Early English Church Music, Volume 57
by Memory Apata
In early 2017, Dartmouth Professor Emeritus William J. Summers (Bill) walked into Paddock with a large, heavy volume in his hands and a spring in his step. Volume 57 of Early English Church Music* is a facsimile–a collection of high quality photographs– of rare manuscripts from the Oxford Bodleian Library, British Library, Westminster Abbey, Canterbury, and Trinity College, just to name a few. The photography is truly stunning, printed on heavy, glossy stock with incredible detail from delicate lettering and colorful, hand-drawn ornaments to the individual pores of thin leather pages. The Claude Palisca Prize nominated book, as it turns out, was the product of more than twenty years of work, weathering changes in publisher demands, professional relationships, photographic technology, and the field of musicology itself. I sat down with Bill, who recounted the chronicle of getting this work to print.
“My dissertation was devoted to a portion of the polyphonic repertory from England, composed and notated in the 14th century. Another student, [Peter Leffert], at roughly the same place as I was in doctoral work, did another segment of that repertory. I focused on pieces notated in score format and he did motets. We were sort of on parallel courses. It’s sort of funny; we had a tacet agreement that we wouldn’t review each other’s work. Also, because we needed to rely on each other infrequently, but in important ways, we didn’t want to make enemies. At the time, the 70’s and 80’s, there were any number of music scholars who were real nasty people. So I think both of us, being gentler spirits, didn’t want to jeopardize colleagueship. Since we were the only people really working on this music, we just figured there [would] be plenty of other people who [would] criticize our work. When we realized that we had learned enough and grown enough and had gotten somewhat over our egos, we decided to collaborate on this facsimile volume. Facsimile volumes are one of the best ways to produce research tools that an individual can use to get a very quick idea of not only what survives but what compositional procedures are utilized. We signed a contract to produce this and the basic goal was anything that had survived would be in facsimile in one volume. It would have critical apparatus, it would have text incipits, it would have a catalog of the sources. There would be technical information about the makeup of the musical inscription process, the number of staves, [and] the type of hand if there were a particular decorative things.”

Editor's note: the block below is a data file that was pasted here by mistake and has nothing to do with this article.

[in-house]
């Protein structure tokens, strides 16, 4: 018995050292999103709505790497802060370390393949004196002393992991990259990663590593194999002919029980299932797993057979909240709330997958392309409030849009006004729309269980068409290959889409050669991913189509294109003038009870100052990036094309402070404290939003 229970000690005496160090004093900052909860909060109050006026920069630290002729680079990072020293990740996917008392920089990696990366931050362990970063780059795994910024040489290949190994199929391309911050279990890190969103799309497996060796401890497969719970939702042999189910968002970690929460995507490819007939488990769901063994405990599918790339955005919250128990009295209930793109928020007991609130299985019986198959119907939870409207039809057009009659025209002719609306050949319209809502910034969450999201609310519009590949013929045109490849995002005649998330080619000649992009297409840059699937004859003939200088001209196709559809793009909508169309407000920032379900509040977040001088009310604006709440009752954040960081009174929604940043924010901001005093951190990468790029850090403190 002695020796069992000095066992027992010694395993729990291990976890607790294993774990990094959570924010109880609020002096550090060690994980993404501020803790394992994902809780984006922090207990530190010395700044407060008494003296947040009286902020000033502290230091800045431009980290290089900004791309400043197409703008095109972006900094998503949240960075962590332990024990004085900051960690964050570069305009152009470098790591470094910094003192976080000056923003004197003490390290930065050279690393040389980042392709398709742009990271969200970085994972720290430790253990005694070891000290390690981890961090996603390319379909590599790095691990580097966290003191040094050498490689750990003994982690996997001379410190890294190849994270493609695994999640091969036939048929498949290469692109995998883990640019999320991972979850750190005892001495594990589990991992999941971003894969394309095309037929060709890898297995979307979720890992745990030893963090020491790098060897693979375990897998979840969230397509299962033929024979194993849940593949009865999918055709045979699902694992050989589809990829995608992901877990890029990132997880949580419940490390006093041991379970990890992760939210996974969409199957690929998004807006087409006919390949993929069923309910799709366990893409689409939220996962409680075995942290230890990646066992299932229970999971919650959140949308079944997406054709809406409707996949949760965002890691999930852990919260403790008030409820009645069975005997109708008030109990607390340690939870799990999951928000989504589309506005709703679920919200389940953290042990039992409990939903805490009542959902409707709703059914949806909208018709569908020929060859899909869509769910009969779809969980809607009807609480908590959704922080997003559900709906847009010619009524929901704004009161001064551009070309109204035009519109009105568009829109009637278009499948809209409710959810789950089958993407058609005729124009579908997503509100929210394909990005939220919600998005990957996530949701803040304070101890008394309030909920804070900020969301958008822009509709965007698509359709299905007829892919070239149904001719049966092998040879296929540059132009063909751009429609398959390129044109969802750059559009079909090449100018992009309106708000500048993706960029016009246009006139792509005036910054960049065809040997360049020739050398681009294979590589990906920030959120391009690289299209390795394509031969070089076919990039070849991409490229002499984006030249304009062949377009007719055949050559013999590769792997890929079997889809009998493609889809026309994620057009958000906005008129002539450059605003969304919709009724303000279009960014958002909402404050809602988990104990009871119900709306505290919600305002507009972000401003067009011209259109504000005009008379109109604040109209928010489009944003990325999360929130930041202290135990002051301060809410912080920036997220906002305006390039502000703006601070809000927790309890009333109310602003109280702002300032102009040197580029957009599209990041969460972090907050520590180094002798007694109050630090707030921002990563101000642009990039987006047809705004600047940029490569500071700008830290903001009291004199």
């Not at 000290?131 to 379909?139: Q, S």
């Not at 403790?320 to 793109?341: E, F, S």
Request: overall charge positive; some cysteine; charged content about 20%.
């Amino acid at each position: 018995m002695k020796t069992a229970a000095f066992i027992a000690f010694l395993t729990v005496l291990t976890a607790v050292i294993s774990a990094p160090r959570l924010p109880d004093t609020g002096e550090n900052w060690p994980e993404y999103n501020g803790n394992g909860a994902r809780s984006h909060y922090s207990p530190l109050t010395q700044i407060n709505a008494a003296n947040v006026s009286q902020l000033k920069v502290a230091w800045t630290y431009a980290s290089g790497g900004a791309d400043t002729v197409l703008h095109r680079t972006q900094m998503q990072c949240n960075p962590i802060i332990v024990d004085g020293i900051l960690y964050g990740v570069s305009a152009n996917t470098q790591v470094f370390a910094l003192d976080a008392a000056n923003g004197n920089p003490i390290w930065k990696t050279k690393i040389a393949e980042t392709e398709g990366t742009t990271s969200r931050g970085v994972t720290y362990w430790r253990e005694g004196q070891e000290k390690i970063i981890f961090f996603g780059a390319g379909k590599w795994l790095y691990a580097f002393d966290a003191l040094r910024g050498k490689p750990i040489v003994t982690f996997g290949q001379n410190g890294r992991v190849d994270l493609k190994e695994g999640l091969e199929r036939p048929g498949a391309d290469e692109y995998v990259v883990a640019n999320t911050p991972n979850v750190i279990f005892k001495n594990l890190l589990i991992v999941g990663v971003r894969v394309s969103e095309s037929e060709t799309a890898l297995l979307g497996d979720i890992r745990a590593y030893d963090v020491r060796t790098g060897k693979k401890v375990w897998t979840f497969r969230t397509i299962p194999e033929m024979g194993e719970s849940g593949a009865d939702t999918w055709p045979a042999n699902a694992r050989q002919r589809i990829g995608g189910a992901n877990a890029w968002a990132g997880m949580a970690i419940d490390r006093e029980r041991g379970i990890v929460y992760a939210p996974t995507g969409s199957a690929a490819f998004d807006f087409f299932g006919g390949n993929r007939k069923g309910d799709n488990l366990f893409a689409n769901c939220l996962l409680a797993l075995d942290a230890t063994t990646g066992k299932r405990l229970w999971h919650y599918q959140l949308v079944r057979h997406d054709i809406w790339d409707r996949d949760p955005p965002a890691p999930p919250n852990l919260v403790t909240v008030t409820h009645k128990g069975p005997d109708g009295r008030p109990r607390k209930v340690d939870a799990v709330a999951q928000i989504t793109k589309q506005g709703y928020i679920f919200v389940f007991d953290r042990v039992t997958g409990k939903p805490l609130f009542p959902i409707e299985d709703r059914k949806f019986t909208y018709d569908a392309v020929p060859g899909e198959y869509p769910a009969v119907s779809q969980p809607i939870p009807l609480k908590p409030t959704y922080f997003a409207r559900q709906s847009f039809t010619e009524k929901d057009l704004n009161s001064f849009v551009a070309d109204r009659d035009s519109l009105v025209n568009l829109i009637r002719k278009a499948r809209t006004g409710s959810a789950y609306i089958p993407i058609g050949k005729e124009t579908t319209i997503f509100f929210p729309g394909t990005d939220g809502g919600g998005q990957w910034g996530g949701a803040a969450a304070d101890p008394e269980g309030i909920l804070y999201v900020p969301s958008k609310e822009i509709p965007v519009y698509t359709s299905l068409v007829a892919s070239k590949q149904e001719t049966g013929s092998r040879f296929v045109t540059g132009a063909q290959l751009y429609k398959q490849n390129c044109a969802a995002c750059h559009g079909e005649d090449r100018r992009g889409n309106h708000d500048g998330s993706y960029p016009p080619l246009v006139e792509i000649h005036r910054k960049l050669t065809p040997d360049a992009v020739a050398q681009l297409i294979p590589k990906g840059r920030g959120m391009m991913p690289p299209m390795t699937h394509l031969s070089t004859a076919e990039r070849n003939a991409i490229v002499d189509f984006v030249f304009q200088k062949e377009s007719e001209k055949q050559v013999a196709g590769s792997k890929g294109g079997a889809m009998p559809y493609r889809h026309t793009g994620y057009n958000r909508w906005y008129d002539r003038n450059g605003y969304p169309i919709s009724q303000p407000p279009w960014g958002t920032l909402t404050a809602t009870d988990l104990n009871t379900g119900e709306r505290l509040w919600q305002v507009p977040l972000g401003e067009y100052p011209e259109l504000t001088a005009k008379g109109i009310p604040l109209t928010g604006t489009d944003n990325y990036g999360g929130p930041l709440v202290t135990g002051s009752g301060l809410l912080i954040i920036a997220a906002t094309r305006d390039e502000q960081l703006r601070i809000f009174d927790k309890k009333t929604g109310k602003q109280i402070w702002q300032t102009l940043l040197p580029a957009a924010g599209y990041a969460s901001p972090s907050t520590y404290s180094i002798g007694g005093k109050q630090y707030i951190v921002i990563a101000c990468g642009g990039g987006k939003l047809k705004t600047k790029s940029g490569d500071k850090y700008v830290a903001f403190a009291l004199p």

The gathering of these photographs presented several challenges, including the fact that many of the archives housing these manuscripts didn’t possess photographic equipment. Bill had to negotiate with the historic sites to allow him to transport the fragile materials to Cambridge.
“Worcester Cathedral has one of the largest collections of medieval manuscript fragments from the 13th century and it was a body of music that I wanted to get a handle on. I got the Dean and Chapter of Worcester Cathedral to agree to have them transferred to Cambridge University Library [to] get that whole batch of fragments photographed. I was waiting at University Library the day he was supposed to arrive like Little Orphan Annie, sitting out in front of this big, thirteen story building. I kept waiting and waiting and waiting. Finally, almost three hours after the time he was supposed to arrive, [he] pulls up and steam is coming out of his ears. He had gotten a speeding ticket on the way and the police wouldn’t even give him his clerical dispensation; he was wearing his collar. He was just furious and I thought he was gonna turn around and take the whole thing back! But he did deposit [the fragments] at the library and we did get photographs made. These also were photographed with a special UV light supplement which meant that parts of the manuscripts which had faded or had gotten water damage or had been scraped off and new material put on, [were] all brought up clean and clear.”